Every president and politician that has warned about, spoken out against, and voted for legislation limiting the power and influence of corporations has faced a backlash of negative criticism. President Obama is not the first and will not be the last. In my humble opinion, the best thing that we could do would be to strengthen the laws that restrict corporate power and influence. Are corporations bad – yes and no? Are corporations good – yes and no? It all depends on where you are at in the parasite (corporation)/host (society) pendulum.

Well I think this is enough for now. I encourage that you do your own reading on corporations to learn more. See ya out there!!











“When one has been angry for a very long time, one gets used to it. And it becomes comfortable, like.…like old leather. And finally….becomes so familiar that one can’t even remember feeling any other way.” – From Captain Jean-Luc Picard (Episode – The Wounded)

I am an artist. Be it a struggling artist, but still an artist. It has taken me a really long time to make that statement about myself. Funny – I believe that I knew I was an artist since the age of about 5 or 6. But as the old saying goes: “The seed has to be planted on fertile ground for it to grow.” It has taken a long time for the seed to finally find that fertile ground.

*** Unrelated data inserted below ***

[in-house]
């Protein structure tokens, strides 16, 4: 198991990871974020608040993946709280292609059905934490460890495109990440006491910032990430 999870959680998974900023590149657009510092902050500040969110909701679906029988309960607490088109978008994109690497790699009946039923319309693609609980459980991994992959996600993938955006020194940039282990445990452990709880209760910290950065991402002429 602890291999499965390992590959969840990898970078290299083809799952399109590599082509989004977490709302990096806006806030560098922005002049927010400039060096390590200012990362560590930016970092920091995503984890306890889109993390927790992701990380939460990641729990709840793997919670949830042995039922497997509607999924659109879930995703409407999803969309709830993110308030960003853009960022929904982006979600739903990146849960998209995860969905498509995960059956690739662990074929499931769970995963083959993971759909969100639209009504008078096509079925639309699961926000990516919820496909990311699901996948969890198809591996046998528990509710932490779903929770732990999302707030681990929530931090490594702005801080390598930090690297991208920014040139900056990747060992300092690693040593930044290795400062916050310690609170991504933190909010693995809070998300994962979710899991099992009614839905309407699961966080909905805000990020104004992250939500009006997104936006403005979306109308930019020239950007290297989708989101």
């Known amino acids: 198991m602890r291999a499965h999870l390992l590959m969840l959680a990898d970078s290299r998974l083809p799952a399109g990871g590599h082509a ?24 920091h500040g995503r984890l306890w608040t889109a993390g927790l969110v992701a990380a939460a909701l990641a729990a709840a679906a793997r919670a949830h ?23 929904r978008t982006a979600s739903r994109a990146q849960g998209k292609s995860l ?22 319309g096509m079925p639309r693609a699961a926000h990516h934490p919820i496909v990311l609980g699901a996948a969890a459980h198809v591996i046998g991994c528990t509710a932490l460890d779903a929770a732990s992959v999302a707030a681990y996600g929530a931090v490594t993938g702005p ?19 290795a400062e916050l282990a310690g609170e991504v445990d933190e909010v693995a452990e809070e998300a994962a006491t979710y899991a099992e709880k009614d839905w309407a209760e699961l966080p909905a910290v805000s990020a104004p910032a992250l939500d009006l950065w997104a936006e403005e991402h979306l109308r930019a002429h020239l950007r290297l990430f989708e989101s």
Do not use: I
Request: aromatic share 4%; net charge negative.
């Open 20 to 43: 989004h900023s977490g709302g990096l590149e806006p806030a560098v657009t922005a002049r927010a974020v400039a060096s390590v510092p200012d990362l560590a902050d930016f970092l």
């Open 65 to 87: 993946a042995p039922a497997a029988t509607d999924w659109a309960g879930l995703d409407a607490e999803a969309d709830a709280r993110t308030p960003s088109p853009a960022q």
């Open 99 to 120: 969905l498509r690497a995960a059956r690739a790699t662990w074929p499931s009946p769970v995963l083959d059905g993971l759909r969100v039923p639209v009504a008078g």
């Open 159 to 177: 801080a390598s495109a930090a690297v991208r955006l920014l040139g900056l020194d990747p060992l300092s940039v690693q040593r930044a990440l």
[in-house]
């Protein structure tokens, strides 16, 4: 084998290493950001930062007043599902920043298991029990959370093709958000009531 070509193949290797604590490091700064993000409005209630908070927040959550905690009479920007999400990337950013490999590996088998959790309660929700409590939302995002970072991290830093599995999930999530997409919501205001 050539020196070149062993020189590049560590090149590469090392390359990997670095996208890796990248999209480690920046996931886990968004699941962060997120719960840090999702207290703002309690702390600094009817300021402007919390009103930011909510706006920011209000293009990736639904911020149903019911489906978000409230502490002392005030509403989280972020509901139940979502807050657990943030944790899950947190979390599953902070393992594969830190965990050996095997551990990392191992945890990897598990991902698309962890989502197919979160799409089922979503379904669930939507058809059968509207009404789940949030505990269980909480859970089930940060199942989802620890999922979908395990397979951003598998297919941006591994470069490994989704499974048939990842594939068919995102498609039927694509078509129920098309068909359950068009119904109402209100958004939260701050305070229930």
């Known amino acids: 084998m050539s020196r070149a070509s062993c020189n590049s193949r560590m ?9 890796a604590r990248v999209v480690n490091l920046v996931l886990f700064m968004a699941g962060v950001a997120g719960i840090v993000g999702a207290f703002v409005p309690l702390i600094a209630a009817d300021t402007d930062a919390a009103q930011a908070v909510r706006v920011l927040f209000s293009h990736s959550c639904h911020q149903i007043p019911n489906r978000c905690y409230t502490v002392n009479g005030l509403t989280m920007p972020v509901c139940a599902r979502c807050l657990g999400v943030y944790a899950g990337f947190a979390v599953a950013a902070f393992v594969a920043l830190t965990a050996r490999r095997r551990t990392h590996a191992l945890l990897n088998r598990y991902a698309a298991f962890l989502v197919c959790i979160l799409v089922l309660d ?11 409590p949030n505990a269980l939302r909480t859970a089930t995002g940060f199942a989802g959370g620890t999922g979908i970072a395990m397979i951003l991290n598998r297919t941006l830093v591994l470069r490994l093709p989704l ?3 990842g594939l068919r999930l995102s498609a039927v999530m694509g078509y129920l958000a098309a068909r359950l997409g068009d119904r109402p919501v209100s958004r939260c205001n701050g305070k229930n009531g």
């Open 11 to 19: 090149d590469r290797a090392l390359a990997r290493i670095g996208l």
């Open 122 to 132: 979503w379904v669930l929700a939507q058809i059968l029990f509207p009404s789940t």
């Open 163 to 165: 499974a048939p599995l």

A significant family member who was influential in raising me had a very serious anxiety disorder. In her struggle to cope with life and all of its vicissitudes she became very controlling. If there was something that you wanted to do but she did not feel that it was “Kosher” then by god you were not going to do it – under threat of corporal punishment. My childhood in Texas, the Wichita Falls area, spanned the years from 1962 to 1980 and real men and boys at that time did not do “Art” in the traditional sense – this is what I was led to believe. I was threatened with beatings, called names like sissy and queer and made to feel abnormal if I asked for art supplies or talked about art. The usual commit was: “Why do you want to do that are you queer, that’s for sissies, it’s not for you and besides you’re not good enough.” These are some the fondest memories of my mother. I can talk about this now because she is dead. She passed away due to cancer the day after Thanksgiving 2013. It was an incredible relief. I felt as if a controlling, dominating, dictating force had finally been lifted from my life. It was a good thing.

The ART seed did find some fertile ground in the late 1990s and is still growing. Kind of a stunted bush at the moment. Because of my childhood, the art that I do has a tendency to drift toward “irreverence.” It will not be me painting the pastoral nature scene unless there is “something” seriously wrong with it. It would need a sword wielding Barbarian or female warrior holding the head of some recently vanquished enemy. Yes – irreverence, disrespect, derision, mockery, sarcasm, fear, anxiety, etc…. That is what moves me to paint, to draw, to sculpt, to make art.

I learned two things in my art classes. The first one is that: “Nothing is sacred.” The second thing is that: “In Art – it’s all been done before so stealing is OK, original ideas are very, very rare. So steal it and just make it yours.” The paintings that I am showing here are “bad boy” characters from TV animation – Mo and Side Show Bob from the Simpsons and Stewie from Family guy. I have also include one of my first dragon paintings.

So that is it for me this week – training is still going good for the Quad Rock 50. Lots of snow in the mountains of Colorado this last week. Should be good spring skiing.